Joel Belz quoted a moderate employee of NPR News who stated that the staffers over there "work very hard at being fair" ("Consider the source," Oct. 7). The day after the vice-presidential debate, the feature story on the 3 p.m. NPR newscast here in Atlanta was a euphoric account of Joe Lieberman's supposed triumph over Dick Cheney. Complete with background cheers and chants from a rally in Orlando, Mr. Lieberman exclaimed, "There are 'mornings after' and there are 'mornings after.'" I am still puzzling over what he meant, but after a minute or two of this the announcer went on to the next story-which wasn't about Mr. Cheney. He was mentioned only once, in passing, as part of the "Bush-Cheney ticket." Either Mr. Lieberman debated himself or NPR hit a new low. - David A. Gibson, Dacula, Ga.
The nod, barely
In the Oct. 7 Judgment Calls, Mr. Skillen's "Genuine pluralism" gets the nod over Mr. Lamer's "Spiritual adultery," but barely, and we may need instant replay to confirm. Mr. Skillen's pluralism, modeled on the military chaplaincy, sounds good, but as a retired Army chaplain I can tell you in practice it leaves a lot to be desired. The Supreme Court has ruled that chaplains must "provide for" but need not "participate in" the religious needs of those in their units. But this becomes an excuse to direct evangelical chaplains to cease praying "in Jesus' name" or require them to share a worship service with a Mormon. Coercive pluralism is hardly genuine. Further, this sort of pluralism tends to diminish the distinctives and thus the dynamic of genuine Christianity. It also tends to confuse God's sense of justice with man's sense of fairness. - Jim Hutchens, Arlington, Va.
Mr. Lamer's comment about non-Christian chaplains praying in the public arena, suggesting that even Wiccans might lead Congress is prayer, was prophetic. Recently a Wiccan priest offered the invocation at a Dallas city council meeting (No Comment Zone, Oct. 21). One councilor commented that "we need all the help we can get." I agree, but they're looking in the wrong place. - Bill Wolfe, Llano, Texas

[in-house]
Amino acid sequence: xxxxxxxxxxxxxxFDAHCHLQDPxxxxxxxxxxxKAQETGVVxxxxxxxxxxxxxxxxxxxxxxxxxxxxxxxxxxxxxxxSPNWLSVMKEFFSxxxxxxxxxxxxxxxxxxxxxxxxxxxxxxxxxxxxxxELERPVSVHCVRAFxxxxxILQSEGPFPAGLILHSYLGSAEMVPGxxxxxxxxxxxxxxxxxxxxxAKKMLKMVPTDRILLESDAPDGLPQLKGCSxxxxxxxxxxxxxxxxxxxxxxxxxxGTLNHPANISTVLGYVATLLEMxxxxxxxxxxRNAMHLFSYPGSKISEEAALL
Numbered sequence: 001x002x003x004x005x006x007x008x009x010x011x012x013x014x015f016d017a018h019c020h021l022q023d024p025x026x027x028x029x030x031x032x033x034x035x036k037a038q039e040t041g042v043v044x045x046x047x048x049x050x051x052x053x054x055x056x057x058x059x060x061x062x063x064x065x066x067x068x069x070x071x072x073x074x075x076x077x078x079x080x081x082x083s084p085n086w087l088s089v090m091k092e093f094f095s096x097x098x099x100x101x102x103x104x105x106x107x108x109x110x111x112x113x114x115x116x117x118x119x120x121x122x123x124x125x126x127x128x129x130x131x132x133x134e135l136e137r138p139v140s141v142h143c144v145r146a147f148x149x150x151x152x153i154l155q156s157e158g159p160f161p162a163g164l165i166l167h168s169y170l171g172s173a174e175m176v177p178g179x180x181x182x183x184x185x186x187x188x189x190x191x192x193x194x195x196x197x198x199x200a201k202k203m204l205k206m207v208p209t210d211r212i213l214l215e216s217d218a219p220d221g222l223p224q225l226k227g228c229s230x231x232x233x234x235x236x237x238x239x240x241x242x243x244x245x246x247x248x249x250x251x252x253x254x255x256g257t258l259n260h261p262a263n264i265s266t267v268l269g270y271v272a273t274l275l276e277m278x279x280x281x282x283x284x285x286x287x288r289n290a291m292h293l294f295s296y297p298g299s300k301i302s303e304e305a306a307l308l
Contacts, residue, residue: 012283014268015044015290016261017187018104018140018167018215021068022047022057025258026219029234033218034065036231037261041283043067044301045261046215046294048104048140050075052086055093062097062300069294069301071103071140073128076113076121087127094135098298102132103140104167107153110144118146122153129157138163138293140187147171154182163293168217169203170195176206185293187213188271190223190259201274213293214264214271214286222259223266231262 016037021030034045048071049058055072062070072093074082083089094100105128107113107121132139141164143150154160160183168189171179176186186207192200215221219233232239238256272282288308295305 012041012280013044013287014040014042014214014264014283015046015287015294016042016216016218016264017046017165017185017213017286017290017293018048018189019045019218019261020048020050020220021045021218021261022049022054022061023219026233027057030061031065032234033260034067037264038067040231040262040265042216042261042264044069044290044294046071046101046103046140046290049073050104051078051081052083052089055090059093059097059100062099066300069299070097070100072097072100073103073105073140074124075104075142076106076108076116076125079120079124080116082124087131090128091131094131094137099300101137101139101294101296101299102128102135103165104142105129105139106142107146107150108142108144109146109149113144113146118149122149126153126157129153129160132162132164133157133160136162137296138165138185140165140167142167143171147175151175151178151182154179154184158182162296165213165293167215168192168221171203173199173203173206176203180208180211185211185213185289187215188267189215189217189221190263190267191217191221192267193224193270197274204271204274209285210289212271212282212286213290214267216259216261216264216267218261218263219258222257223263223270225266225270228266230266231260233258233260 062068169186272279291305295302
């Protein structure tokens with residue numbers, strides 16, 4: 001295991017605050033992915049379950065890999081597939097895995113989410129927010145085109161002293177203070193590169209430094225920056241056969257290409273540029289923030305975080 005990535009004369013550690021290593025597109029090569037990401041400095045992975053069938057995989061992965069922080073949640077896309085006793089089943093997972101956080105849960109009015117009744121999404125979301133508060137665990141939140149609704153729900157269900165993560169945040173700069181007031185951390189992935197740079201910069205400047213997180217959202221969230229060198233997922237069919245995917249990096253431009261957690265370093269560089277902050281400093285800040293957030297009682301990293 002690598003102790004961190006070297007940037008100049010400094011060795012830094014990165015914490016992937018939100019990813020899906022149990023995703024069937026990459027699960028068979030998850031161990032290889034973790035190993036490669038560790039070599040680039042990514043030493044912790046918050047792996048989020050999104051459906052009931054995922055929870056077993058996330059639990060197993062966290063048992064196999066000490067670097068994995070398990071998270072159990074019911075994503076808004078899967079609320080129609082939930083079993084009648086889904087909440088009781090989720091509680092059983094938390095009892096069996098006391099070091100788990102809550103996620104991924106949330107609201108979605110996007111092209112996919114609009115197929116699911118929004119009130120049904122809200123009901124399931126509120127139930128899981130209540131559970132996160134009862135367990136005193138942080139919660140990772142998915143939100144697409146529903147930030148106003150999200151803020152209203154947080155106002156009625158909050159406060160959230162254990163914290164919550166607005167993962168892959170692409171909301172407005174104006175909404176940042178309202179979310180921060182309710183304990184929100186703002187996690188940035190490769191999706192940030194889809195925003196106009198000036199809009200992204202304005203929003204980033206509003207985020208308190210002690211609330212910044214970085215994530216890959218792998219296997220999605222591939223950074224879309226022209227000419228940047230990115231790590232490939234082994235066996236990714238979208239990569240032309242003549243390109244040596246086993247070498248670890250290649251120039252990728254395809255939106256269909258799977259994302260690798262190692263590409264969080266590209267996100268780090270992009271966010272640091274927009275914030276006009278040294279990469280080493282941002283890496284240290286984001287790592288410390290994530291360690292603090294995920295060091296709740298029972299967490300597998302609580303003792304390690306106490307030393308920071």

We're number three
Thanks for your story on third parties ("The spoilers," Oct. 7). Libertarian Harry Browne may or may not trail Ralph Nader and Pat Buchanan in the polls, but if our press releases are to be trusted, we Libertarians have more officeholders and more candidates than all other minor parties combined. We are a political party, not just a leader's vehicle. - Andrew Lohr, Chattanooga, Tenn.
Isn't Oct. 7 a little late to run a token article on third-party candidates? Your effort to avoid political correctness is one reason I like WORLD, but you fall into that trap of giving major attention only to those "electable" by human measurements. I plan to vote for Howard Phillips in November because I can fully support him. God is big enough to control the election outcome without requiring me to compromise my conscience. - Cheryl Hemphill, Westminster, Colo.
So, you smear Howard Phillips as a "spoiler" instead of the presidential candidate for the only 100 percent pro-life national political party, the Constitution Party. Instead of encouraging Christians who are trying to stand in the political gap against evil, you dismiss them. Cancel my subscription. - Cal Zastrow, Saginaw, Mich.
Only if illegal
You noted that Rhode Island Rep. Bob Weygand "has said that abortionists should lose their licenses" ("Who'll be king of the hill?" Oct. 7). I'd like to clarify that he made the comment in response to a reporter's question about what should happen to doctors who continue to perform abortions if it becomes illegal. - Laurie Whitman, Coventry, R.I.
I am an oncologist, one of those physicians who is supposedly "ripping off" taxpayers for "massive profits" because the government overpays doctors for some drugs through Medicare (Ups and Downs of the Week, Oct. 7). In fact, Medicare has been doing the ripping off. The Clinton-Gore proposal to lower Medicare reimbursements for these drugs to the cost of acquisition failed to account for the fact that doctors use these "profits" to offset administration costs that Medicare does not cover: intravenous kits, needles, tubing, specialized nurses, etc. Fortunately, through intense lobbying efforts by cancer care providers, this attempt to slash reimbursements was put on hold. Right now, when a patient solely dependent on Medicare walks into our clinic and wishes to be treated with the newest and best chemotherapy agents available, we will still lose money, but not as much as we would have under the proposed plan. Still, we continue to treat these unfortunate individuals because it is the right thing to do. - W. Vance Esler, Amarillo, Texas